This farmer’s got your goat

After living in a densely populated refugee camp in Nepal for nearly 20 years, Chuda Dhaurali considered carefully when asked where he wanted to resettle with his family.

“We learned a lot of things about Vermont, and we decided that’s where we wanted to go,” he said.

Dhaurali was drawn to Vermont for the same reasons many people have been for generations: rugged mountains and fertile river valleys.

Originally from a farming family in Bhutan, a country on the eastern edge of the Himalayas, he hoped he would find an opportunity to farm again when he moved to Vermont in 2009. He found that and much more at Pine Island Farm.

Goats_feeding_time

Goats on the heels of farmer Chuda Dhaurali at feeding time at Pine Island Farm. Credit: Katie Kain/FWS

Born out of a partnership between the Vermont Land Trust, the Association of Africans Living in Vermont, and the Vermont Goat Collaborative, Pine Island Farm was established in response to a need for halal meat from the growing population of new Americans who have been resettled in communities around Burlington through the United Nations Refugee Agency.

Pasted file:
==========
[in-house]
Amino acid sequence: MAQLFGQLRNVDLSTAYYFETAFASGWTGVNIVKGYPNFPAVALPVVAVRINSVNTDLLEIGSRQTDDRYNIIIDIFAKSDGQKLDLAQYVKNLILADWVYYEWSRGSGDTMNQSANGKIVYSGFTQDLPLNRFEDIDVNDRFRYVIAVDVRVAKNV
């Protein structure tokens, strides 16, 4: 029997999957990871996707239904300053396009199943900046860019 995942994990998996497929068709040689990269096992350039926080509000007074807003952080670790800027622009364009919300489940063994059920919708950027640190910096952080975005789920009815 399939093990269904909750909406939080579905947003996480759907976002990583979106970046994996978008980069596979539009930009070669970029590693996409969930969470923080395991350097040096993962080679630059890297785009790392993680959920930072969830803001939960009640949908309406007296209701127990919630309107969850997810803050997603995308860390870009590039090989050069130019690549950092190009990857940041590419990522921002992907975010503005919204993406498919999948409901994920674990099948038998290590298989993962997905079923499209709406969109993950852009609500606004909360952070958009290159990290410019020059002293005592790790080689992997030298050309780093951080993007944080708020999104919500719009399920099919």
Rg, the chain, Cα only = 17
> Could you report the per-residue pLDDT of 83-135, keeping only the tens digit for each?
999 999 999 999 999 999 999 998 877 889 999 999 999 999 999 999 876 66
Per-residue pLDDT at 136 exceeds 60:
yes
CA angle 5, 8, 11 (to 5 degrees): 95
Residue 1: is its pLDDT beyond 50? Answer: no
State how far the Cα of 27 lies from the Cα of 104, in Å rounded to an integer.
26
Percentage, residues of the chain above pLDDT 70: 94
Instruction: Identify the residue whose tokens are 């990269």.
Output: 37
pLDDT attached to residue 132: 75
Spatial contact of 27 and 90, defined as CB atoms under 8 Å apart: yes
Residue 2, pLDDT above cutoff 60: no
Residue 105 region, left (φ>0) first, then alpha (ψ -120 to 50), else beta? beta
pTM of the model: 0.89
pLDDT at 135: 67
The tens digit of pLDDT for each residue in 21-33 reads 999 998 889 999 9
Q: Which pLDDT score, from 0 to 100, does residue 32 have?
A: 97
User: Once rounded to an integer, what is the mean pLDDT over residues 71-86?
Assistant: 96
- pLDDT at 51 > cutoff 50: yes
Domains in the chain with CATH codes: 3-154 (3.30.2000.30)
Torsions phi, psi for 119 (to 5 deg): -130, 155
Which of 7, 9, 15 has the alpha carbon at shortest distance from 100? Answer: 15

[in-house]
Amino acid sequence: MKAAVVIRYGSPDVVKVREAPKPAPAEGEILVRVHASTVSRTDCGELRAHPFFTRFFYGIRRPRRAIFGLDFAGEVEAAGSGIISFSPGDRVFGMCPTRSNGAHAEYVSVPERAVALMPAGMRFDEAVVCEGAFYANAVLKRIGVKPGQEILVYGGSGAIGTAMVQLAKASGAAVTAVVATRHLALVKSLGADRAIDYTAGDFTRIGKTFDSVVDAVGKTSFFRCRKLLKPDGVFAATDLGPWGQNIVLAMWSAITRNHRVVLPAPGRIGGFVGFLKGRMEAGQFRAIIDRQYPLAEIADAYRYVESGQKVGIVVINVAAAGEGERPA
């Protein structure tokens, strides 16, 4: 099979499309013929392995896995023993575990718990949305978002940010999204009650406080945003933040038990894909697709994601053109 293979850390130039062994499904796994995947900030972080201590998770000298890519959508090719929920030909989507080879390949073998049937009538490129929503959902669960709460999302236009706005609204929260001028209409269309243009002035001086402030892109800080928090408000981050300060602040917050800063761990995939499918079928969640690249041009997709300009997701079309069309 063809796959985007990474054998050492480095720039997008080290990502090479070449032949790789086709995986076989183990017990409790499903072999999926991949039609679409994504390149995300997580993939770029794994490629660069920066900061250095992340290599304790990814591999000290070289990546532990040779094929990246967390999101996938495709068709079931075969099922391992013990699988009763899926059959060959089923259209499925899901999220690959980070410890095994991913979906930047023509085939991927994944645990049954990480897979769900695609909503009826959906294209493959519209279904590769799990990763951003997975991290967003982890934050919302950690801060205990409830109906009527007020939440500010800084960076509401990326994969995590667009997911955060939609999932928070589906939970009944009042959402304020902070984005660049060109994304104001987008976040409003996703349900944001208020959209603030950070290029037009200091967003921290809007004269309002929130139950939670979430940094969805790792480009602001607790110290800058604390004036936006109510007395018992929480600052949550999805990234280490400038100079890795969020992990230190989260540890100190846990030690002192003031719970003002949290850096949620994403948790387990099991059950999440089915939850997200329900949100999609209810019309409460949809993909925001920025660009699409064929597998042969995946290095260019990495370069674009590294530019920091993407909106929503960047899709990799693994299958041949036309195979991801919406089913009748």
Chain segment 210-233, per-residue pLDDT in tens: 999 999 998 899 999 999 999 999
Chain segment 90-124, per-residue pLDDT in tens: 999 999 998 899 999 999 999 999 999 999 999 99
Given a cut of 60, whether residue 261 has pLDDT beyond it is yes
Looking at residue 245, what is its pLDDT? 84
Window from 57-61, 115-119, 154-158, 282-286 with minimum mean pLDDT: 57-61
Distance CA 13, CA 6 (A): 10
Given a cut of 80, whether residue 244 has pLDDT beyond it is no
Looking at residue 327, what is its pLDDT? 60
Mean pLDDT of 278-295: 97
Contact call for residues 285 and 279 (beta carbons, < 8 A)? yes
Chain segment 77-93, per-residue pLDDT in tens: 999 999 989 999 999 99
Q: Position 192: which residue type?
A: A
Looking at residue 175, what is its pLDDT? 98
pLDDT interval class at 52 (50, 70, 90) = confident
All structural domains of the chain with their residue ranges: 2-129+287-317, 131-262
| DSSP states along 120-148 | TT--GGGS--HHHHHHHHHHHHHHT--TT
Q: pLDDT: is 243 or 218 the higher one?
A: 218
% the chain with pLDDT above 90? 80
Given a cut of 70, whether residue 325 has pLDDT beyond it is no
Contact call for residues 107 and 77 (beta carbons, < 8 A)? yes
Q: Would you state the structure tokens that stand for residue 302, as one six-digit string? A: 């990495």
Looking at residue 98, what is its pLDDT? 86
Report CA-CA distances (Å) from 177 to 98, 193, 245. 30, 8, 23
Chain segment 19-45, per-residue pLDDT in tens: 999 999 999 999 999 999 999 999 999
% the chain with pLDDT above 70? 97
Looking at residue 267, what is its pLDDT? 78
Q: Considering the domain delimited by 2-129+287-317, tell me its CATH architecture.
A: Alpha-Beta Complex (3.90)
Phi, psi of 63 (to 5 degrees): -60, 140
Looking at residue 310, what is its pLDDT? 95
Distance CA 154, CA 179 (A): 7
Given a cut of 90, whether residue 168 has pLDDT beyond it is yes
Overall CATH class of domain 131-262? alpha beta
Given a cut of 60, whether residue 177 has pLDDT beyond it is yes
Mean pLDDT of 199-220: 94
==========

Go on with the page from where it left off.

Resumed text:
As the pilot goat farmer on the 230-acre property that was once a cow dairy, Dhaurali helps sustain the agricultural traditions of his new community, the cultural traditions of his fellow new Americans, and the watershed that supports them all. Through the U.S. Department of Agriculture Conservation Reserve Enhancement (CREP) Program, Pine Island gave up seven acres of land for the creation of riparian buffer along the Winooski River, with planting and monitoring help from the Partners for Fish and Wildlife Program.

Dhaurali’s story is featured in the U.S. Fish and Wildlife Service’s Nature’s Good Neighbors series, which highlights people across the U.S. who depend on the land as much as the land depends on them. These modern-day stewards of the land are working with nature to make a home for people and wildlife.

Click here to read the full story.

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